Nov 6, 2012, 1:58 PM EDT
Akihiro Yamaguchi’s biggest problem is that he swims too fast.
The 18-year-old Japanese swimmer recently broke the 200m breaststroke world record by more than a quarter of a second – quite a drop. But almost two months after resetting the mark, Yamaguchi is having trouble in his training pool.
And by that we mean there are too many people in the water.
“There has been a sharp rise in the number of people using the pool after I broke the world record,” Yamaguchi told Reuters. “I haven’t been able to find my top speed and my form is still not where it should be. I don’t have that explosiveness.”
Yamaguchi said the sudden jump in numbers is affecting his workouts.
Disruptions aside, Japan’s national coach Norimasa Hirai thinks Yamaguchi is better than four-time Olympic breaststroke champion Kosuke Kitajima was at age 18. Yamaguchi will race against some of the fastest swimmers in the world at the Short-Course World Championships in December, so we’ll get a sense of how accurate the comparison is then.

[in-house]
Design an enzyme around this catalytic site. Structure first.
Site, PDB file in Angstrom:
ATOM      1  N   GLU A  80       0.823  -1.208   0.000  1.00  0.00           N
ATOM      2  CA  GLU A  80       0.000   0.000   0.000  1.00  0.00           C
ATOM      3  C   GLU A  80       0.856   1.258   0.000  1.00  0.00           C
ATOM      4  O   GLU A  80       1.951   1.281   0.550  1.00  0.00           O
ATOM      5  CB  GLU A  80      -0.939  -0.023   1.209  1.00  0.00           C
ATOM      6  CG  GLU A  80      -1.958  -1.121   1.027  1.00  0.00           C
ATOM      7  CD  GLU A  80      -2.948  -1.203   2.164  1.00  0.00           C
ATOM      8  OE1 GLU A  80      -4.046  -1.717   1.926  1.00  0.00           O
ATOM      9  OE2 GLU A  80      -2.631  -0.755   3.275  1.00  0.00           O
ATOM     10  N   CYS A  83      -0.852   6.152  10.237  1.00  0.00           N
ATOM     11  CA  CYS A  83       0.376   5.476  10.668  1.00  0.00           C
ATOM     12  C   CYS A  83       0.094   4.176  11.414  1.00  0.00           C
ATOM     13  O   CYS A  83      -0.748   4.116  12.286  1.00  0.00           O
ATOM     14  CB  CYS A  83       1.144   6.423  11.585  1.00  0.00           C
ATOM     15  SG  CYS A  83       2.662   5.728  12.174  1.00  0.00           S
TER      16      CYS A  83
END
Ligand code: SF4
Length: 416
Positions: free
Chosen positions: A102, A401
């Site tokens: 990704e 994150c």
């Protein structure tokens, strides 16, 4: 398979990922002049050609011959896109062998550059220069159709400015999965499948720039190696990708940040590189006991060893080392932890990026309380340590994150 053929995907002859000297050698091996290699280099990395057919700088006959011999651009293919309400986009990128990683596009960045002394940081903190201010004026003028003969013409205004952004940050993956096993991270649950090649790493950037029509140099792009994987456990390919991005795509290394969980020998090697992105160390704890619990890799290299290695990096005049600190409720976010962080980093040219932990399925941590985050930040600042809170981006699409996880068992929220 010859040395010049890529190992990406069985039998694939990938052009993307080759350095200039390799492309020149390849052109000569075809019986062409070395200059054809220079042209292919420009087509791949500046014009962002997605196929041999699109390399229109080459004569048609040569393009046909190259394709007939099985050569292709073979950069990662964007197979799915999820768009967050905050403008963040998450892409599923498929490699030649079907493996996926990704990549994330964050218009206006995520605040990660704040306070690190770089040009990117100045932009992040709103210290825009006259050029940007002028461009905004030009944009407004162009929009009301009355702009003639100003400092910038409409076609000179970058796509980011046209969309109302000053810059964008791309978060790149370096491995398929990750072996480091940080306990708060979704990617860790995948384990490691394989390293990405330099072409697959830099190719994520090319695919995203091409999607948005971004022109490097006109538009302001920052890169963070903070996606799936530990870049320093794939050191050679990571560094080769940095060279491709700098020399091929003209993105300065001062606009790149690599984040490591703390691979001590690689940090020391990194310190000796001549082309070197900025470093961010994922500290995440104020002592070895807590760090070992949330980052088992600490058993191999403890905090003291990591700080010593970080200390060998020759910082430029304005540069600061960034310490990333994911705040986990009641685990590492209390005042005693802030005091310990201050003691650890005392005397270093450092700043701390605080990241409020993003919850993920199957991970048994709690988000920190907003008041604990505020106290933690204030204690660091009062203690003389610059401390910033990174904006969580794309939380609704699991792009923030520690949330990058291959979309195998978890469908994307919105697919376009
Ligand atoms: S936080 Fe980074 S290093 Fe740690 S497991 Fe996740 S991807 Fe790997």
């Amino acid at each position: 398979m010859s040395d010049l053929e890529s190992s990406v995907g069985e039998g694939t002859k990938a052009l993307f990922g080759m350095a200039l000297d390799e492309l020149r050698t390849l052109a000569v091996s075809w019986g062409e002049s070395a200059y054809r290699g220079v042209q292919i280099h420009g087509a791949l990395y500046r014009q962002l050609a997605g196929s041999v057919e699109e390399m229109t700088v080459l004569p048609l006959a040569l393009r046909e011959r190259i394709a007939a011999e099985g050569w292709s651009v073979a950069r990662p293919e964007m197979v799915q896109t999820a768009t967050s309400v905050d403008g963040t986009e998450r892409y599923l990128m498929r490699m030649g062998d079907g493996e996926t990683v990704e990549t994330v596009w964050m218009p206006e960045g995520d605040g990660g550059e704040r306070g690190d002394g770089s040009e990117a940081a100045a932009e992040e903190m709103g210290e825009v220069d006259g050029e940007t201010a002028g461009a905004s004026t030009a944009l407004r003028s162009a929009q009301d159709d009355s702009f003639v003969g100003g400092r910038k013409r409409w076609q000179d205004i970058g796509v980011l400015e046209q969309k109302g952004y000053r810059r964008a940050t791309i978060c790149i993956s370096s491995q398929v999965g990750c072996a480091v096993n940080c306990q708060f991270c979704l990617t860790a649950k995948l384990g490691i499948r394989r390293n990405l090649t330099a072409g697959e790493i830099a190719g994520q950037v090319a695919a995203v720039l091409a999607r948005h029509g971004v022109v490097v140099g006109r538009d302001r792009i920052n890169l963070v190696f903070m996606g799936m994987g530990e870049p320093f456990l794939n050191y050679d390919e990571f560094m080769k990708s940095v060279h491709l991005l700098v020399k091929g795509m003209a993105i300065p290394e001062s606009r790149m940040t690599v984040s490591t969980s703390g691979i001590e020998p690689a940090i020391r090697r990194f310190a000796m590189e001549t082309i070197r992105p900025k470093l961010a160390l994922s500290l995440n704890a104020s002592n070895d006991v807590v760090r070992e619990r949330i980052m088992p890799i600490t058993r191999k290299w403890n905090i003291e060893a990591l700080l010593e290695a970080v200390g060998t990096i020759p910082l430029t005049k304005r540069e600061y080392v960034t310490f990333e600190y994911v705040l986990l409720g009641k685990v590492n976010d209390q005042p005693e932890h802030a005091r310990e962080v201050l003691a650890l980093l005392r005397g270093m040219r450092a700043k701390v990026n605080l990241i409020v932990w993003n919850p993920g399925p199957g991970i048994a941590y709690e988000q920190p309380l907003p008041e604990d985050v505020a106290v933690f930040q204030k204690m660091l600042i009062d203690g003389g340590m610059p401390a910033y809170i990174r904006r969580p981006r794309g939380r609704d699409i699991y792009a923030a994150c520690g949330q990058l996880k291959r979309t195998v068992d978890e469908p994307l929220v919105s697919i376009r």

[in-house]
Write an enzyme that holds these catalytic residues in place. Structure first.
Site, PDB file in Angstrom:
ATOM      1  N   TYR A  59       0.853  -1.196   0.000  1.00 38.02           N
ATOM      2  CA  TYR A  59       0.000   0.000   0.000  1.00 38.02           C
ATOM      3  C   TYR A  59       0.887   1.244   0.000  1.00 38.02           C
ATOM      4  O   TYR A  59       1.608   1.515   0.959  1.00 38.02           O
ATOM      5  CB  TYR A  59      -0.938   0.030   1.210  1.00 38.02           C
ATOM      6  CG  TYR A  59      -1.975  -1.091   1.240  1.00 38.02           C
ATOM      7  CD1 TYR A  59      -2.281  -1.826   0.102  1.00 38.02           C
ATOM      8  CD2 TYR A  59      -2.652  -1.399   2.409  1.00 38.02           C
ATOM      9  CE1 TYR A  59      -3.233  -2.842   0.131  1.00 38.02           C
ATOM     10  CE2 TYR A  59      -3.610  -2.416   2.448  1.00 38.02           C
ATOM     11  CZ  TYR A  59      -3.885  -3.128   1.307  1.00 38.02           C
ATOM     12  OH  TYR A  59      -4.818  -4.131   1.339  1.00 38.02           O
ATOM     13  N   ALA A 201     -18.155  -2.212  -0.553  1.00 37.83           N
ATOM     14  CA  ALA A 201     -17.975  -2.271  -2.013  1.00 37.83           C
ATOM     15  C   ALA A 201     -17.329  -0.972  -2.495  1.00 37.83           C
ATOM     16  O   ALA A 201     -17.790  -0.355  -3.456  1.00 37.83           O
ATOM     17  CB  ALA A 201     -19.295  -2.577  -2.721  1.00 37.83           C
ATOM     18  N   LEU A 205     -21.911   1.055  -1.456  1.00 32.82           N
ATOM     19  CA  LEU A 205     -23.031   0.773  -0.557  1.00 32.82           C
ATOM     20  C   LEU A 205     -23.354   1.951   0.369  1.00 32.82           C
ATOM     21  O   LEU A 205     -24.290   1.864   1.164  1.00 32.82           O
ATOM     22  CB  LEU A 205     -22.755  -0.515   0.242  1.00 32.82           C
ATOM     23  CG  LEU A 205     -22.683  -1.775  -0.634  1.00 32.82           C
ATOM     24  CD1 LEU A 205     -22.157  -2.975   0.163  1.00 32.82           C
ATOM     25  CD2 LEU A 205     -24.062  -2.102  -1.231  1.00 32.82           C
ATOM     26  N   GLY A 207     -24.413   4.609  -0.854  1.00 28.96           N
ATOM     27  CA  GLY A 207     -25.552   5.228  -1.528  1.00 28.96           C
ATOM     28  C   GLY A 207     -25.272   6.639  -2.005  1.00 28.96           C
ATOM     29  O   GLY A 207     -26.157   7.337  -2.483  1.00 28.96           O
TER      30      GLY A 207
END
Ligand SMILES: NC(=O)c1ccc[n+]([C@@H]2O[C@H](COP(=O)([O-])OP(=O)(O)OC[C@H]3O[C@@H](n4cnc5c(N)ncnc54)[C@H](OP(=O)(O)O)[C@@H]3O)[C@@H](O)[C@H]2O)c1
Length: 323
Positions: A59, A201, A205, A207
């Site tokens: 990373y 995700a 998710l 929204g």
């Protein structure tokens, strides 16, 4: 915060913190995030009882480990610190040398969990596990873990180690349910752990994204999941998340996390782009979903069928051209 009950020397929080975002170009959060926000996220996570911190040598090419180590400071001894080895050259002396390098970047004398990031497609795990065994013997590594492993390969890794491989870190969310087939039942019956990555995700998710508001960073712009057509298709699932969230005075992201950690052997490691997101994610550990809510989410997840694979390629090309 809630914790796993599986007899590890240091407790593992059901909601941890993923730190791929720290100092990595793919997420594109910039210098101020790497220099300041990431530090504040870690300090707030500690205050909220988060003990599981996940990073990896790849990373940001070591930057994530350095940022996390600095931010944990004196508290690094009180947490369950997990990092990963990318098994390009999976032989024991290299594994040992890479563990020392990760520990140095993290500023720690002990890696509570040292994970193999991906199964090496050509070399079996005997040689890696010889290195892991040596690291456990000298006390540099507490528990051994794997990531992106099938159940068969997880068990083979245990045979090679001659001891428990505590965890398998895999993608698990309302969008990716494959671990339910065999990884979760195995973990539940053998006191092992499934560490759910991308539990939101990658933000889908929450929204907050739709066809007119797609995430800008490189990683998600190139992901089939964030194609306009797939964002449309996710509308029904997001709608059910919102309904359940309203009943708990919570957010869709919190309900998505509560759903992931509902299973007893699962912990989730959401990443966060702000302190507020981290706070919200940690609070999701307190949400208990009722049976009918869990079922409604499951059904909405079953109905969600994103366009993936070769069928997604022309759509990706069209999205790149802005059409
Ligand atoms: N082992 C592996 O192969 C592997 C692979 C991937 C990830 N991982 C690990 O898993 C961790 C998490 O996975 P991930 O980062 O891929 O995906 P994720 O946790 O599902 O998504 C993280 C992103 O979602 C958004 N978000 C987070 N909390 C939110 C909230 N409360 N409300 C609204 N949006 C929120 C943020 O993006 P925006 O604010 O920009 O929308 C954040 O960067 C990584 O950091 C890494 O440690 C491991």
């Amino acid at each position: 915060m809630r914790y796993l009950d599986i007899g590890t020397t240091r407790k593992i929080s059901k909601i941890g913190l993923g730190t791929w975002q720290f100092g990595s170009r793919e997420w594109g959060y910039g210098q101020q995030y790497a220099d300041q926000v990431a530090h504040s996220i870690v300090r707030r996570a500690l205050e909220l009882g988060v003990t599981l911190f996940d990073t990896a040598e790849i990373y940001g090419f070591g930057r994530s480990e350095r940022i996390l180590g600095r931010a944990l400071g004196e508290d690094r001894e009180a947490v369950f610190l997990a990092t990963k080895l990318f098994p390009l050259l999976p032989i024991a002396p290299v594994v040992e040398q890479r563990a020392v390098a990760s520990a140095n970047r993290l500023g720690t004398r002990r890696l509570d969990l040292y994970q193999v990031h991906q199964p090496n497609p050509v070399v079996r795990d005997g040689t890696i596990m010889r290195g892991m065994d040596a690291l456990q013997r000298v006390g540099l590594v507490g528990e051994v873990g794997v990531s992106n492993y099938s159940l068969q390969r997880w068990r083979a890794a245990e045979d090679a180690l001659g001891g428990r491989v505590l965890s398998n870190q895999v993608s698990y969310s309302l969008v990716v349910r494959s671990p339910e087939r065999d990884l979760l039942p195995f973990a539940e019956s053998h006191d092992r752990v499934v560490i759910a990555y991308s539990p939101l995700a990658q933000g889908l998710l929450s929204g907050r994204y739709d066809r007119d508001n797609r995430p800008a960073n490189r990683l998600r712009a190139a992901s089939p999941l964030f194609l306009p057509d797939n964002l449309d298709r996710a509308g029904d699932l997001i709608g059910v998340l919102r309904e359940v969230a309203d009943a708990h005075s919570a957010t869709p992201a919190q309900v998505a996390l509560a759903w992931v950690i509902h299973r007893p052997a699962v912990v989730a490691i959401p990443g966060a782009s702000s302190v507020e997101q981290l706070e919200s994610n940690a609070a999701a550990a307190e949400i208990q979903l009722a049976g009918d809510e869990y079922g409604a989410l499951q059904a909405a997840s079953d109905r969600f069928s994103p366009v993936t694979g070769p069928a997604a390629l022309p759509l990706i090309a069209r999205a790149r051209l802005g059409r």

“This is the dawn of a new age for Japanese swimming,” Hirai said.
Japan won 11 swimming medals in London, the second highest total behind the United States’ 31.
- Greg Louganis recalls Olympic diving, HIV, coming out in ‘Back on Board’ film 0
- Missy Franklin, Ryan Lochte miss medals; Katie Ledecky breaks record at Worlds 1
- Misty May-Treanor competes for first time in 3 years, not a comeback 0
- Katinka Hosszu, Sarah Sjostrom break records; Missy Franklin, Ryan Lochte make finals at World Championships 0
- Katie Ledecky breaks 1500m freestyle world record again 1
- Katie Ledecky, Sun Yang open quests for history with golds at World Championships 0
- Gwen Jorgensen, Sarah True make 2016 U.S. Olympic triathlon team 0
- Emotional Bode Miller medals in race that mattered most (61)
- Russian women kissing after relay victory at World Championships causes stir (60)
- IOC drops wrestling from 2020 Olympics (47)
- South Korea filing official complaint over Yuna Kim’s Olympic silver (39)
- Zola Budd, 47, dominates college runners in 5K (33)